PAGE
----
The measurement is based on stopwatch times and not follow up questions on what they read.


Anonymous said...

I'd like to believe that homeschooling parents who placed a child in a regular school (public or private) for socialization reasons were well aware that something like this might happen.

I'm mulling over something like this myself for my kid when he gets to high school. My expectation is that he will learn less in high school than he will at home plus in the local community colleges plus with distance learning. But ... he probably increases his chances of getting into the University of California system if he goes to the local high school (which is pretty good).

So ... go for more learning, or increase his chances of getting into our good state university system?

The good news is that I have a few years to decide.

-Mark Roulo

Happy Elf Mom said...

Hi, Darren. This is why we are homeschooling. My 5th grader is in high school Geometry, has finished Algebra I and the school would put him in fifth grade, no different instruction at all.

So I'm figuring any "gaps" he experiences b/c I am trying to teach him myself are more than made up for by the fact that he won't be bored stiff for the next ohhhh five years...

Ellen K said...

If this school is like many, they are mainstreaming so many challenged and challenging students that the teachers are doing the best they can. Having to produce separate lesson plans for every IEP is exhausting and while I sympathize with your friend, this is the new normal. But I also have suggestions-in some districts, students who identified as gifted can have IEP's written to insure specific time and lesson allotments commensurate with their skills. I would suggest your friend use this as leverage to get the kind of education his son needs. Before too much longer, all the kids will have IEP's and at that point, unless many more teachers are hired, teaching anything will become impossible.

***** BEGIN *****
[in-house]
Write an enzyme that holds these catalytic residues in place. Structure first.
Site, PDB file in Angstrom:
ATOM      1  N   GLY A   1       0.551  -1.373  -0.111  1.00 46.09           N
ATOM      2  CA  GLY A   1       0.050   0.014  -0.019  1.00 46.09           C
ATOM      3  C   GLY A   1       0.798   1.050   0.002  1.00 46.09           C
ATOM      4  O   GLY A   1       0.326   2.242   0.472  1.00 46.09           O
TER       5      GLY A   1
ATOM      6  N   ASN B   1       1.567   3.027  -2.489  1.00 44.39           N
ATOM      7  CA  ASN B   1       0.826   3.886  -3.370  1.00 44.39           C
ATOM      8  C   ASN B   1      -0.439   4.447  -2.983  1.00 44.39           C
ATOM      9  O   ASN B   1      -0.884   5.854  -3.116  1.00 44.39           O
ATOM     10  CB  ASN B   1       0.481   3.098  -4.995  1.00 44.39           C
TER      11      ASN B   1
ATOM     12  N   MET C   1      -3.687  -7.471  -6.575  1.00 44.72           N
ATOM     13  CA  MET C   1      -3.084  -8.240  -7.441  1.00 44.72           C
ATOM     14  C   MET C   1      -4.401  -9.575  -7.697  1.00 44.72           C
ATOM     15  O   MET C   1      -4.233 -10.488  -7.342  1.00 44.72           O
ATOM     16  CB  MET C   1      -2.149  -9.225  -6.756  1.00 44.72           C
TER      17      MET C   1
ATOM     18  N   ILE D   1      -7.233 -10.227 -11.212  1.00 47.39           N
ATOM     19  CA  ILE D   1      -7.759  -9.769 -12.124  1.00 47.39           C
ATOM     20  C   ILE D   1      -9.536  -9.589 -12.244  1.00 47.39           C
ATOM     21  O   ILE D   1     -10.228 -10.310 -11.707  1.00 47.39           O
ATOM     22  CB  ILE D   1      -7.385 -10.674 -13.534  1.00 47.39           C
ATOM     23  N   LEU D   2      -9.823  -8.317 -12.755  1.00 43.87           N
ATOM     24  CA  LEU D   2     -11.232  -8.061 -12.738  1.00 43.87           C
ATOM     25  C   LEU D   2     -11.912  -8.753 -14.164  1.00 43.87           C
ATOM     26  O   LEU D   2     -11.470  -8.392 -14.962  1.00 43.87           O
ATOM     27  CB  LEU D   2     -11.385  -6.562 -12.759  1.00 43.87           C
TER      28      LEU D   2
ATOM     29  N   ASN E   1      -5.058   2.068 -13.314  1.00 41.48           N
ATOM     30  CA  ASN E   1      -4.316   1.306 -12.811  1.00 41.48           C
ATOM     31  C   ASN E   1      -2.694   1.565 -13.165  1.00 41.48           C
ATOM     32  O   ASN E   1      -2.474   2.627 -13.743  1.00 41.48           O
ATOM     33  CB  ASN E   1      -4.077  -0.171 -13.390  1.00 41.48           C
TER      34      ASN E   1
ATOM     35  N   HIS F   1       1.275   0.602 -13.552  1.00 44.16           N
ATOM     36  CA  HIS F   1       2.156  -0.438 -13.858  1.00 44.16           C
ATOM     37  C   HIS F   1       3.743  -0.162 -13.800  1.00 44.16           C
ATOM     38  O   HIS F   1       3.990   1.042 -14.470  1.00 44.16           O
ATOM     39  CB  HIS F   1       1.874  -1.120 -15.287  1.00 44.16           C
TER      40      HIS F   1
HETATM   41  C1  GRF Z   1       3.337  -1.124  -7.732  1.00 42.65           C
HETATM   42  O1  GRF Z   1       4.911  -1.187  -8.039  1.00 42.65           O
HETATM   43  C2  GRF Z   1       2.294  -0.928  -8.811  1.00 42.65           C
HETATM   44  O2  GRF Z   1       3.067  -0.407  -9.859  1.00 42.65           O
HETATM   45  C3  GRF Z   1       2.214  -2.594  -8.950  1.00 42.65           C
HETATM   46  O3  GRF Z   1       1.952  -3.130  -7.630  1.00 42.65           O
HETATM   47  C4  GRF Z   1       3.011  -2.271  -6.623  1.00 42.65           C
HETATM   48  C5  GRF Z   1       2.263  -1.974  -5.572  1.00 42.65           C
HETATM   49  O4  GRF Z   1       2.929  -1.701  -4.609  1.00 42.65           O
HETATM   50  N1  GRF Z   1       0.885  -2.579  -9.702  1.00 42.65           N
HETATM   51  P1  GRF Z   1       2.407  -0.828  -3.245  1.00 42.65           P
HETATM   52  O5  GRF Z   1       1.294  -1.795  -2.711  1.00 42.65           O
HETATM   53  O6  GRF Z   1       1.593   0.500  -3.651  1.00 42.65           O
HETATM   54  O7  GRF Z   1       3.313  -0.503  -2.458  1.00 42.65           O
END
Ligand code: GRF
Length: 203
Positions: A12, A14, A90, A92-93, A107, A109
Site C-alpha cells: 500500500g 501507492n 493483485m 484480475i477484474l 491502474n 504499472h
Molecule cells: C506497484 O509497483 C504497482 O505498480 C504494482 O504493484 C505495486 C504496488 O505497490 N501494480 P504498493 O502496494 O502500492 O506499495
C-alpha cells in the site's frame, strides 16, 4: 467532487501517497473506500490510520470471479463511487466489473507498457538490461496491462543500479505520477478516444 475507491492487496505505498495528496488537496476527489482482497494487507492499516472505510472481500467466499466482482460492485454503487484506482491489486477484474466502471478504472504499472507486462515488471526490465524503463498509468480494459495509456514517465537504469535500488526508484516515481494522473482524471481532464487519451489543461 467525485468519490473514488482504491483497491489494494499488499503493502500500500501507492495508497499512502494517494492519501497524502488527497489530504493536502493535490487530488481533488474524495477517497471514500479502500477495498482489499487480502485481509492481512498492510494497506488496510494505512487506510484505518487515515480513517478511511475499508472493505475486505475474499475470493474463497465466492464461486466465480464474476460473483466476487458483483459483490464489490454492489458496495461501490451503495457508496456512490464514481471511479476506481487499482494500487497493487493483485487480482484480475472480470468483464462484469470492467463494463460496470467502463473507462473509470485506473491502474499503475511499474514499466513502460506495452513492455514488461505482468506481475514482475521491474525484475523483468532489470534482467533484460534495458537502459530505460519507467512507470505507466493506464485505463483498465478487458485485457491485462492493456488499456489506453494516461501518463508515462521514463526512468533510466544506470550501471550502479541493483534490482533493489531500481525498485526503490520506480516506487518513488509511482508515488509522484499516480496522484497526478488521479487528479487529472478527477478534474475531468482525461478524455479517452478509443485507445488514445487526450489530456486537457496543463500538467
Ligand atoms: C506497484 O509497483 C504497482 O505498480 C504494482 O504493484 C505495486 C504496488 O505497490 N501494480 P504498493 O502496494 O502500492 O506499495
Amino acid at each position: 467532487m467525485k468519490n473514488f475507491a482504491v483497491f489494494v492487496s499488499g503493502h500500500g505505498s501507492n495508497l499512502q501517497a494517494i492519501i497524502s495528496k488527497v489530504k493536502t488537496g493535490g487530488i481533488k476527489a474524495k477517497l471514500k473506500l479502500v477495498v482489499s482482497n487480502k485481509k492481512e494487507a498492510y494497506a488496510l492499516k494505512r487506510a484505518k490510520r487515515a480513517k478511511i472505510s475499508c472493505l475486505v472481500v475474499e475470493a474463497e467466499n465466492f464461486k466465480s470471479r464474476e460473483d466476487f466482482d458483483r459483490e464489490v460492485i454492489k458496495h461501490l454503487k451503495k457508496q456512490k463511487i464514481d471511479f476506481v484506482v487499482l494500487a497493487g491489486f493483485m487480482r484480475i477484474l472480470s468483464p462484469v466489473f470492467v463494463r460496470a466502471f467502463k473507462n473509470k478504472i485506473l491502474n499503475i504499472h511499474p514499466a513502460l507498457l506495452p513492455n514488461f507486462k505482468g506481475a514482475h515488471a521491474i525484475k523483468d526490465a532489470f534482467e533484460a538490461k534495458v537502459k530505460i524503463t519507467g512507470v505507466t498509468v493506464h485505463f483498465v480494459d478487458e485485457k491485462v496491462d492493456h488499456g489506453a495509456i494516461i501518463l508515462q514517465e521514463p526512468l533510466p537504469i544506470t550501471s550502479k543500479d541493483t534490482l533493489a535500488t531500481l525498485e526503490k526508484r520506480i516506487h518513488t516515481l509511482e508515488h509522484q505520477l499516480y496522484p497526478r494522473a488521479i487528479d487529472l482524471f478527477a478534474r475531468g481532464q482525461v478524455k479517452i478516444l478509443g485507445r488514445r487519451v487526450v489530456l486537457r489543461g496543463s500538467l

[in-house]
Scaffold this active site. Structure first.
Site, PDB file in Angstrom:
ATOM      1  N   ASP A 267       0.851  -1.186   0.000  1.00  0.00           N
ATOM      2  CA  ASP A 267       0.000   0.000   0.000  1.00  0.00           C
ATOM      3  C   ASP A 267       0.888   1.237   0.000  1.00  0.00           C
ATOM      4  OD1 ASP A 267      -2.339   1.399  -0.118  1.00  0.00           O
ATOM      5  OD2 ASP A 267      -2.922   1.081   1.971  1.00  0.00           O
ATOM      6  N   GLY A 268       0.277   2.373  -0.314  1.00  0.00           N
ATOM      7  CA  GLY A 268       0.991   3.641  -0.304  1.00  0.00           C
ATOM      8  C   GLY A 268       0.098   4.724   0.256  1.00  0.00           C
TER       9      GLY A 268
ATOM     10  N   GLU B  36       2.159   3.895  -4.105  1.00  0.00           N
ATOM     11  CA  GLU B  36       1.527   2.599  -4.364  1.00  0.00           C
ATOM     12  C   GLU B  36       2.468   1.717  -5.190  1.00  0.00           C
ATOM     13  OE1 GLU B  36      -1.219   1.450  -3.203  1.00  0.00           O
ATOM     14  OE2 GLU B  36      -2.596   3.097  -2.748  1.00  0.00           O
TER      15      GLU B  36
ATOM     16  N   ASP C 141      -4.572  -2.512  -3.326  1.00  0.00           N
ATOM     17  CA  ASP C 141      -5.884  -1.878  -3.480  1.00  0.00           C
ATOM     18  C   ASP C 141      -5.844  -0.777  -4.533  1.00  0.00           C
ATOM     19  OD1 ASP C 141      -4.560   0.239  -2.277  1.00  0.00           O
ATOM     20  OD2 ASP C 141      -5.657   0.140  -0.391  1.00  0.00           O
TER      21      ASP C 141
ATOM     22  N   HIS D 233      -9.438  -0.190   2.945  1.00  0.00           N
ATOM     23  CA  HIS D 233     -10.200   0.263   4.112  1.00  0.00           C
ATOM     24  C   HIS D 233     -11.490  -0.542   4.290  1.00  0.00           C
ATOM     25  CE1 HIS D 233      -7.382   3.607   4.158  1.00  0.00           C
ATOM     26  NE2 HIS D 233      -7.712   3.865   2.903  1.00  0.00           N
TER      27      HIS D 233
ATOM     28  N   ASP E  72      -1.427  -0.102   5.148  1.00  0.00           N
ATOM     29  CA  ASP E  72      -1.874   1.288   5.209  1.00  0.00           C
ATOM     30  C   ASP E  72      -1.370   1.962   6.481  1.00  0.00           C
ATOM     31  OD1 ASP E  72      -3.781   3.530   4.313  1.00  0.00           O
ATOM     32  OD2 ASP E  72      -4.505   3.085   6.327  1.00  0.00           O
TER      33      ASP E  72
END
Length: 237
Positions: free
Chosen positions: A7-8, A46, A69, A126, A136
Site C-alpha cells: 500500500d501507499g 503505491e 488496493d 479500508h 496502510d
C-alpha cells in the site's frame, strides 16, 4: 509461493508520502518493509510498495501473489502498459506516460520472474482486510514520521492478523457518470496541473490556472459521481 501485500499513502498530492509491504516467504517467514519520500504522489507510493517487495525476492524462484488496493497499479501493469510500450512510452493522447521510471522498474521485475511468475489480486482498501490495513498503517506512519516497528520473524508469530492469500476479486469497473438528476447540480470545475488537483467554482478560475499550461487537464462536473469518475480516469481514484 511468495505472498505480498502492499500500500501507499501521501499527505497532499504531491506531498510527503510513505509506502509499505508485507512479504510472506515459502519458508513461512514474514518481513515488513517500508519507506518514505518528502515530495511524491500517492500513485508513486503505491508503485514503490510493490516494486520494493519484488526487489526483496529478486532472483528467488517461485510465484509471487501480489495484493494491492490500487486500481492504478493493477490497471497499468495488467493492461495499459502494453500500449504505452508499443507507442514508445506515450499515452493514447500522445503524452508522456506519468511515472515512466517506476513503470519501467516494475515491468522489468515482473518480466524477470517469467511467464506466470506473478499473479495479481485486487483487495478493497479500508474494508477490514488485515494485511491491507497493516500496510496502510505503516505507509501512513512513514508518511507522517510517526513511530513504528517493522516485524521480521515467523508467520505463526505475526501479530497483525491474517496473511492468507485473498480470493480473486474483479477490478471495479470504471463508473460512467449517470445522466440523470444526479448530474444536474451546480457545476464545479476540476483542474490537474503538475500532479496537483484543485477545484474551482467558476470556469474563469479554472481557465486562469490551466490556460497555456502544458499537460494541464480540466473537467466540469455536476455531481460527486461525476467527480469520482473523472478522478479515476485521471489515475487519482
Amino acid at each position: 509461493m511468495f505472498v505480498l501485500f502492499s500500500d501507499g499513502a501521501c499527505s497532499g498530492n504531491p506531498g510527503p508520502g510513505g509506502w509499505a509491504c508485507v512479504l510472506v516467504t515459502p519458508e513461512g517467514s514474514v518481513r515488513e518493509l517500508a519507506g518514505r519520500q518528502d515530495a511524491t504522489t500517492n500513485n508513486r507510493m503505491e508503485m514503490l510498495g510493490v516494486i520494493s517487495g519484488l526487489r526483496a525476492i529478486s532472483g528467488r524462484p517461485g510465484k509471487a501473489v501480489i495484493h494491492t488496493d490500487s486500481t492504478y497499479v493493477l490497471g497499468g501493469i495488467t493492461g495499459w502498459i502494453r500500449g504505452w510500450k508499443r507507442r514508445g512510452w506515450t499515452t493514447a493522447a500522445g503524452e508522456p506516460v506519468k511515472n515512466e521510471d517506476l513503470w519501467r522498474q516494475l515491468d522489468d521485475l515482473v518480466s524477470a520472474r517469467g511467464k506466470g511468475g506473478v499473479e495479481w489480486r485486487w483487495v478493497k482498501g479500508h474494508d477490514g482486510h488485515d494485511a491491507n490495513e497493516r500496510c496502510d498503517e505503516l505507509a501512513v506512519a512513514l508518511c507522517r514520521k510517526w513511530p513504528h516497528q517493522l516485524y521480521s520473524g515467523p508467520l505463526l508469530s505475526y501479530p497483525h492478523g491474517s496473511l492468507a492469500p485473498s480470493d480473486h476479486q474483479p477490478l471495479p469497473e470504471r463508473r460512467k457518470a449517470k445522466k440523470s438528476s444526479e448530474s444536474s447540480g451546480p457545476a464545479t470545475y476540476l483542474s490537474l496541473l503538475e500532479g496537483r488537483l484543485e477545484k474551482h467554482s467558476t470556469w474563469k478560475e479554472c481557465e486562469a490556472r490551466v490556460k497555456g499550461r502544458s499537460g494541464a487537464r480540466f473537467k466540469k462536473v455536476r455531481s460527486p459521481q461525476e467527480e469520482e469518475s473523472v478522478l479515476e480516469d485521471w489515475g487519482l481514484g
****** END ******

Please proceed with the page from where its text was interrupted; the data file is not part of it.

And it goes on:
Anonymous said...

On the website, one parent in a similar situation was able to convince the teacher to let his child do the homework for his parent-taught Singapore Math during his math class. There was something similar for testing/grading, I think. Of course, the next year's teacher refused. Sigh. Let no child get ahead.

Anonymous said...

Teachers are required to prepare special lessons for spec ed kids (a significant number of whom do not belong in regular classrooms), so why should they not be expected to do the same for gifted kids? If differentiated instruction has any meaning beyond the fantasy world, such accommodation should be automatic. Of course, it isn't and I have long been aware that most schools/teachers have little or no desire to offer anything appropriate/challenging to the top kids - "because they'll do fine, anyway." That sentiment predates NCLB by at least 50 years and has only been worsened by it and the associated pressure to decrease the achievement gap. No wonder homeschooling has become so much more popular.

Kody S. (Denver) said...

I have had just the opposite experience. In my home school district, from elementary to high school, there are acclerated programs for children. Those who excel in math, reading, or what ever the subject may be are placed in more advanced classes.

It astonishes me that schools are allowing their students learning to be stunted.

Anonymous said...

His parents need to buy access to ALEKS.

I have used this software with my students-- hundreds of them-- for the past seven years, and I now use it with my own son, a fifth grader who is doing pre-algebra with ALEKS.

ALEKS has been around since the mid-1990s, and it has become pretty polished during that time. In a nutshell, it uses artificial intelligence software to personalize mathematics curriculum for students. Tell your friend to check it out.

PeggyU said...

Darren - I know I have mentioned this before: I tutored a student who was in a similar situation. It took a lot of persuasion (and we had ongoing conflicts with the school), but they eventually relented and let him use his regular math period to take an online classs through Stanford's EPGY (Extension Program for Gifted Youth)offerings.

I'm pleased to say that at 19 he has completed his bachelor's degree and is now working on his master's.